Many garlic supplements are heavily marketed as a treatment of infections.
But are they really effective?
To answer this question, we clearly need clinical trials.
The aim of this RCT was to examine the impact of garlic tablets on nosocomial infections in hospitalized patients in intensive care units. It was carried out on 94 patients, admitted to the intensive care units in Kashani and Al-Zahra hospitals. Patients were randomised into case and control groups. The case group administered one 400 mg garlic tablet (Garlic tablets 400 mg, Gol Darou Company) daily for 6 days and the control group received placebo. During the study, inflammatory blood factors and infection occurrence in the two groups were compared. During the study period, 78 intravenous catheter tips were sent to laboratory for culture of which 37 cases were in the intervention group and 41 in the control group. Culture results of Catheter tips was positive in 5 cases all of which were in the control group. Frequency distribution of catheter tip culture was significantly higher in the control group than that of the intervention group. The authors concluded that garlic supplementation has shown to be effective in patients admitted to ICU, who are highly susceptible to nosocomial infection, and it can be used for the prevention of septicemia and urinary tract infections. However, further research with larger sample size is needed.
The trouble is not just that this trial was less than rigorous, but that there are so very few similar investigations to confirm or refute the anti-infectious activities of garlic.
In this study, healthy human participants (n = 120), between 21 and 50 y of age, were recruited for a randomized, double-blind, placebo-controlled parallel-intervention study to consume 2.56 g aged garlic extract (AGE)/d or placebo supplements for 90 d during the cold and flu season. Peripheral blood mononuclear cells were isolated before and after consumption, and γδ-T and NK cell function was assessed by flow cytometry. The effect on cold and flu symptoms was determined by using daily diary records of self-reported illnesses. After 45 d of AGE consumption, γδ-T and NK cells proliferated better and were more activated than cells from the placebo group. After 90 d, although the number of illnesses was not significantly different, the AGE group showed reduced cold and flu severity, with a reduction in the number of symptoms, the number of days participants functioned suboptimally, and the number of work/school days missed. The authors concluded that AGE supplementation may enhance immune cell function and may be partly responsible for the reduced severity of colds and flu reported. The results also suggest that the immune system functions well with AGE supplementation, perhaps with less accompanying inflammation.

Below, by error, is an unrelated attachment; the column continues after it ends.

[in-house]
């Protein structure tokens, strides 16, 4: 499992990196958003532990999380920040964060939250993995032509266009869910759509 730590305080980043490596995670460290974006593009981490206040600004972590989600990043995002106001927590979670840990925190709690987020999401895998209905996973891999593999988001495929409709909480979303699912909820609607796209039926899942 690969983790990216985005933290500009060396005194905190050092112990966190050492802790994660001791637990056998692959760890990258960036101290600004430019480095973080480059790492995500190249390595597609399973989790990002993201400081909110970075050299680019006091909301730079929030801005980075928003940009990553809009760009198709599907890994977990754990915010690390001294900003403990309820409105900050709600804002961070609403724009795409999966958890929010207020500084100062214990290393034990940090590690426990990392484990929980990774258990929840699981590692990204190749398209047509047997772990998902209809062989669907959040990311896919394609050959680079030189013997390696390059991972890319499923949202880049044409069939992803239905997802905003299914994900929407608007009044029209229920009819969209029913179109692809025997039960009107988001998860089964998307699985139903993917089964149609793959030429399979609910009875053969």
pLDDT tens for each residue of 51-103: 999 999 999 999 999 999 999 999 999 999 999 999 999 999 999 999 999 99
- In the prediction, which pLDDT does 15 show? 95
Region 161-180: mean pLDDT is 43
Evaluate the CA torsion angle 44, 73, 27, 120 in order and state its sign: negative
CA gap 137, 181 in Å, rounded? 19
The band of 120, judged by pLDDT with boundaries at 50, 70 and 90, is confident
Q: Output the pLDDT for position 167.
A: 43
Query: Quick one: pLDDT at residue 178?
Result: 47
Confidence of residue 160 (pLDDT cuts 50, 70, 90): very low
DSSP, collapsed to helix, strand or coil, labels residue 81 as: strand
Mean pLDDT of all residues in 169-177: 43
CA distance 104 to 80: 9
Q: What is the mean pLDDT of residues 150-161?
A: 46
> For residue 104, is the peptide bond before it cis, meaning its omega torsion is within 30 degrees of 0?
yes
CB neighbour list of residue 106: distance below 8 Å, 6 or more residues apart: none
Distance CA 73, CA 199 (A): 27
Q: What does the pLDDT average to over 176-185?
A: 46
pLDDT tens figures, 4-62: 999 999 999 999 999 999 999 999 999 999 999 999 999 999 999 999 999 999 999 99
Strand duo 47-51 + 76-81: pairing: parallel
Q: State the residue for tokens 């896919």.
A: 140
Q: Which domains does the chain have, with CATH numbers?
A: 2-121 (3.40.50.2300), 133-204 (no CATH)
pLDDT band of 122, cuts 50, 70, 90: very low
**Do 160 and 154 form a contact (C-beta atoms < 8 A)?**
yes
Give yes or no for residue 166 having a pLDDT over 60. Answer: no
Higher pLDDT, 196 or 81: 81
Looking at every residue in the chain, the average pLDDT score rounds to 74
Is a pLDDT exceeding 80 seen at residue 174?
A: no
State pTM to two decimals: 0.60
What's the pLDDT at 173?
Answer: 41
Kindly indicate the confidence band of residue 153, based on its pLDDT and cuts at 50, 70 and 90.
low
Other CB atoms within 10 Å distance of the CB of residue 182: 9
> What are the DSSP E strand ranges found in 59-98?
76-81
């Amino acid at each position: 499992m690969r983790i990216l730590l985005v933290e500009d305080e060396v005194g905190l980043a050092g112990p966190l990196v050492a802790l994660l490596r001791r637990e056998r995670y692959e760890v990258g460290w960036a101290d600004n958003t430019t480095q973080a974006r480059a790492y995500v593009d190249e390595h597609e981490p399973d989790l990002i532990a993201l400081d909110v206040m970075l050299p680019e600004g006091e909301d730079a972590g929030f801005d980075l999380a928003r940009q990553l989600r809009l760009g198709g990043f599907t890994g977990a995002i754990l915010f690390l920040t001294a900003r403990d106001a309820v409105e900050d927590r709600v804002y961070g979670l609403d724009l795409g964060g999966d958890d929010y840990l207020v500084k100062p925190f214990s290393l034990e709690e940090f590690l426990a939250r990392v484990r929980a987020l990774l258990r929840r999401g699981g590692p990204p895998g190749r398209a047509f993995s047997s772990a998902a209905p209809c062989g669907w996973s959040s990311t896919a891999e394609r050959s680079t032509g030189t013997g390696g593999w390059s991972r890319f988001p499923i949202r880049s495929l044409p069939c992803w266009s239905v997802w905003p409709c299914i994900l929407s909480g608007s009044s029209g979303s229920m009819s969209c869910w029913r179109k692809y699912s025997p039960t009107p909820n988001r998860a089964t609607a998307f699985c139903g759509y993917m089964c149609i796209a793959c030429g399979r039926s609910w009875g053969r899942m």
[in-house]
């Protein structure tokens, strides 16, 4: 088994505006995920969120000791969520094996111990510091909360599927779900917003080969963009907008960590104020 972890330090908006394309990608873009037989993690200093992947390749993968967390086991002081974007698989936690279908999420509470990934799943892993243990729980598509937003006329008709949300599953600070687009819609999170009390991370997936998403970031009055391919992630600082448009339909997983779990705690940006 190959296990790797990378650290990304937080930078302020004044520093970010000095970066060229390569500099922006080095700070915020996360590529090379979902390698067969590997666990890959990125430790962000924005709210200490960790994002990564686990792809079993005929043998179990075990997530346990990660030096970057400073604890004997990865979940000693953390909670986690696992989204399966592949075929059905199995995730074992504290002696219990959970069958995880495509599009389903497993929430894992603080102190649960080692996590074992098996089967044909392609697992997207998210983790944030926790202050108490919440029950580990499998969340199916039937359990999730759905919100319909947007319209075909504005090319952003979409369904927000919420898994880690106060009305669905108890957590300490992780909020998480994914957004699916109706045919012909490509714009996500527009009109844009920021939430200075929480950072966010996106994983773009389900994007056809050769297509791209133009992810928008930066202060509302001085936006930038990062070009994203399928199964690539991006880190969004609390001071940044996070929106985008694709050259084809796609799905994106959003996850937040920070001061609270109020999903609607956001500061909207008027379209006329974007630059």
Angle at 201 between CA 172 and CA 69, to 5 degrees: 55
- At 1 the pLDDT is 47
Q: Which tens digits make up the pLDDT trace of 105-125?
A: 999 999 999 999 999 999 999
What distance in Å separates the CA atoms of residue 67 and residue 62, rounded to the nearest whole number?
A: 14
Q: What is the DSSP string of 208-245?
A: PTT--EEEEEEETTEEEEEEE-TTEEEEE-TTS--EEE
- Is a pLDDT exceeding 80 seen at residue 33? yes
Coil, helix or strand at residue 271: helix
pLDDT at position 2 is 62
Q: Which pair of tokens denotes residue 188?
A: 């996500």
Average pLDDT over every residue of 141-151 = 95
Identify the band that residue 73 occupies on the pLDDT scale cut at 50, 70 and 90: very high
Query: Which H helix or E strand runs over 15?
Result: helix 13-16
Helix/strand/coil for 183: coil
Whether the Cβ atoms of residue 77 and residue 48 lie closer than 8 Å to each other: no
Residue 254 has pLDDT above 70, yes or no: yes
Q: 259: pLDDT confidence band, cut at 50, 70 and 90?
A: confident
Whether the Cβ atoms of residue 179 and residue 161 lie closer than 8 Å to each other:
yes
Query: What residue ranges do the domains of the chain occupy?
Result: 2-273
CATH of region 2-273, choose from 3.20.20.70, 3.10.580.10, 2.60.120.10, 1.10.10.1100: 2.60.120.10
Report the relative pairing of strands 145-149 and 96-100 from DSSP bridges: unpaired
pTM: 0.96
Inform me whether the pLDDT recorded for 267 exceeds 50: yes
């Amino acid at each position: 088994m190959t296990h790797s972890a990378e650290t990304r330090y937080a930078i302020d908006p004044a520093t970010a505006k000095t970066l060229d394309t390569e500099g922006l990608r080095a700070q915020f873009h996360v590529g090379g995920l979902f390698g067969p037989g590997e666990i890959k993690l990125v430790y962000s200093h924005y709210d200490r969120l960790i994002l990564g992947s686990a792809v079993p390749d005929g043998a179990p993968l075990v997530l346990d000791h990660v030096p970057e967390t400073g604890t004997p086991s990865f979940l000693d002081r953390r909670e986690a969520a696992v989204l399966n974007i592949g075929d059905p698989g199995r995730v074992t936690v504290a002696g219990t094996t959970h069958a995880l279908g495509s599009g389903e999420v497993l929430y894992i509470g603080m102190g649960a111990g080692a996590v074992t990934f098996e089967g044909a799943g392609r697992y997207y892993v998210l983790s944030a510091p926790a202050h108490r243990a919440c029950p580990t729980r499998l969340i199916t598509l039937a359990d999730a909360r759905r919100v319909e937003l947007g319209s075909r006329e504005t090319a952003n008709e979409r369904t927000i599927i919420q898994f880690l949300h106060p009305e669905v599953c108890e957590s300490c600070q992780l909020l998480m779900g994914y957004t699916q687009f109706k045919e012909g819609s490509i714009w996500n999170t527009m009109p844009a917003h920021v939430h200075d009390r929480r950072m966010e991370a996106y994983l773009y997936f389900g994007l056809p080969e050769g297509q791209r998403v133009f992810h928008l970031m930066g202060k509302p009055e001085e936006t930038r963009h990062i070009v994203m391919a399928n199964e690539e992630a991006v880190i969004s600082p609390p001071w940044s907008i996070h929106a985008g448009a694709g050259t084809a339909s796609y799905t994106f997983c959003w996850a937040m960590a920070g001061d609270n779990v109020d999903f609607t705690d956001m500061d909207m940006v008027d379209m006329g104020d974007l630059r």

There is plenty of in vitro evidence to suggest that garlic and its compounds have anti-bacterial, anti-viral and anti-fungal effects. Yet, for a range of reasons, this may not translate into clinical effects. To find out, we need clinical trials. So far, such investigations were almost entirely missing.
The two recent studies above are, I think, a good start. They are far from perfect but their findings are nevertheless mildly encouraging. For once, I do agree with the standard conclusion in alternative medicine:
More and better clinical trials are justified.